Adding reviews is likely to improve various site performance metrics due to users being more inclined to trust and explore more of your content, spend more time on your pages, and take action to convert as a follower, subscriber or even potential new customer.
However, there is another added benefit. Review rich snippets.
Get Star Ratings to Appear in Search Results with Review Rich Snippets
By selecting the option to include schema.org markup when you use the Google Reviews plugin for WordPress, you’ll get the added benefit of some pages displaying your Google review star ratings when they appear in Google search results.
It’s worth mentioning that the process for determining what pages show star ratings in search results is not crystal clear and will always be somewhat in the hands of Google. However, adding the appropriate schema.org markup to your site is fairly simple and, as demonstrated with the use of plugins and other available tools, you can achieve getting star ratings on your Google search results pretty easily.
Options for adding review rich snippets and schema.org markup
We haven’t tested the long list of available plugins to add review rich snippets for WordPress, but there are definitely a few options out there. If you’re not inclined to try the Google Reviews Business plugin but want to add Schema markup to your WordPress site, this 6 best rich snippets plugins list might be worth a look.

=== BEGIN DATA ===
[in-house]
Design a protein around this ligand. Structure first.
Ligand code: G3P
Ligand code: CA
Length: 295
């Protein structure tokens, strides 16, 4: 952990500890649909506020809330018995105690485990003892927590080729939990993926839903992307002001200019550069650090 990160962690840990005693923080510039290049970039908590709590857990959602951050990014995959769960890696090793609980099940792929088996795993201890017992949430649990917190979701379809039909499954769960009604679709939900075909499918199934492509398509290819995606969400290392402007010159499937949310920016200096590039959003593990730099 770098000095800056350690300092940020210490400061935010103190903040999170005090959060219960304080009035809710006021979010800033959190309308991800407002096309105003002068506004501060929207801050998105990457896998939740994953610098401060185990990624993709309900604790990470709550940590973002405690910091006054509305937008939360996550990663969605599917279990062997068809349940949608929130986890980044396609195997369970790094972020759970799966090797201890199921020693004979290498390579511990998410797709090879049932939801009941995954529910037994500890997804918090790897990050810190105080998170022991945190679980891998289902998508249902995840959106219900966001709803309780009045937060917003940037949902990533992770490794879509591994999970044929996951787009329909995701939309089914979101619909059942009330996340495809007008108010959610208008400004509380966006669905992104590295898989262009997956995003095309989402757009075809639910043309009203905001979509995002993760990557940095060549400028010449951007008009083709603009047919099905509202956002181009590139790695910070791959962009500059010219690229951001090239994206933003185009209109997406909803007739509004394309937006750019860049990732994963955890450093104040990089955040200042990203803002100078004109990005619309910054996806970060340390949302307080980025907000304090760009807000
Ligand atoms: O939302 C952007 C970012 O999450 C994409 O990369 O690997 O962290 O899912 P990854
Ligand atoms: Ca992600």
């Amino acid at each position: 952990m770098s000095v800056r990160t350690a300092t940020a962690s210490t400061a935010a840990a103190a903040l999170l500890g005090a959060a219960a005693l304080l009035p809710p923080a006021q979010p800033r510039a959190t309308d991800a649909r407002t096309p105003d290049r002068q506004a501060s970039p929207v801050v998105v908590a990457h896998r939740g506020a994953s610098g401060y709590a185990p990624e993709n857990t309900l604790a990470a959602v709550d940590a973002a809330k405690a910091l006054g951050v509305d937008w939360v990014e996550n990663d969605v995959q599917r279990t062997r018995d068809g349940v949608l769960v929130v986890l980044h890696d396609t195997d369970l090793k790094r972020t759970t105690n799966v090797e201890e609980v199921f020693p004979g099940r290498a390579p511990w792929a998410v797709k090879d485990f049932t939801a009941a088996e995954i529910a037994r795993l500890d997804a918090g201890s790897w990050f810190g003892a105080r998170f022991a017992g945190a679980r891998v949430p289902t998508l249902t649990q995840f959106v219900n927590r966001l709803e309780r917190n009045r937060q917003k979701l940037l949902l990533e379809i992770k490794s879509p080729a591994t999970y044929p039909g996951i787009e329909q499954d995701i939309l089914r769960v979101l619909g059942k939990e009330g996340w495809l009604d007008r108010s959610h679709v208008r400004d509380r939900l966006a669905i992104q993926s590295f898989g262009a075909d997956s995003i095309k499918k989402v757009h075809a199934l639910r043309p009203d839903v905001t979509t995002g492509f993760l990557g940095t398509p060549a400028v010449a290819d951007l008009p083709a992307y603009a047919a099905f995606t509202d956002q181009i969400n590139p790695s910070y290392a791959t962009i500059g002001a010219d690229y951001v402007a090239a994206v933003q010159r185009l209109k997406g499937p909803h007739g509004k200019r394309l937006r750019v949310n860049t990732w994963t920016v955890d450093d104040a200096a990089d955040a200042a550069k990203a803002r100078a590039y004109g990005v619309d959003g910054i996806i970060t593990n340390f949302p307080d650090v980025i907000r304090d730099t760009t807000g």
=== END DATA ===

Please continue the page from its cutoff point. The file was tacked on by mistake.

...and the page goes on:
If you’re site isn’t built with WordPress or you aren’t looking to use a plugin, you can always get review rich snippets by adding structured data to your pages yourself. You might get started with these code samples for adding Schema.org markup that include a review rich snippets example.
Or, check out Google’s Structured Data Markup Helper for help creating your Schema.org markup.
Either way, once you’ve added your markup you’ll want to check to see if you’re structured data is being detected and there aren’t any warnings or errors.
You can use the structured data testing tool to do this.
To get star ratings for your business, you’ll want to use LocalBusiness as the schema type and include the necessary properties to ensure your ratings have a chance of appearing.
While it looks like you can get away with only including a few properties at the very minimum, like those listed in the above screenshot, Google recommends you include the following properties.
aggregate rating (@type, ratingValue, ratingCount, bestRating)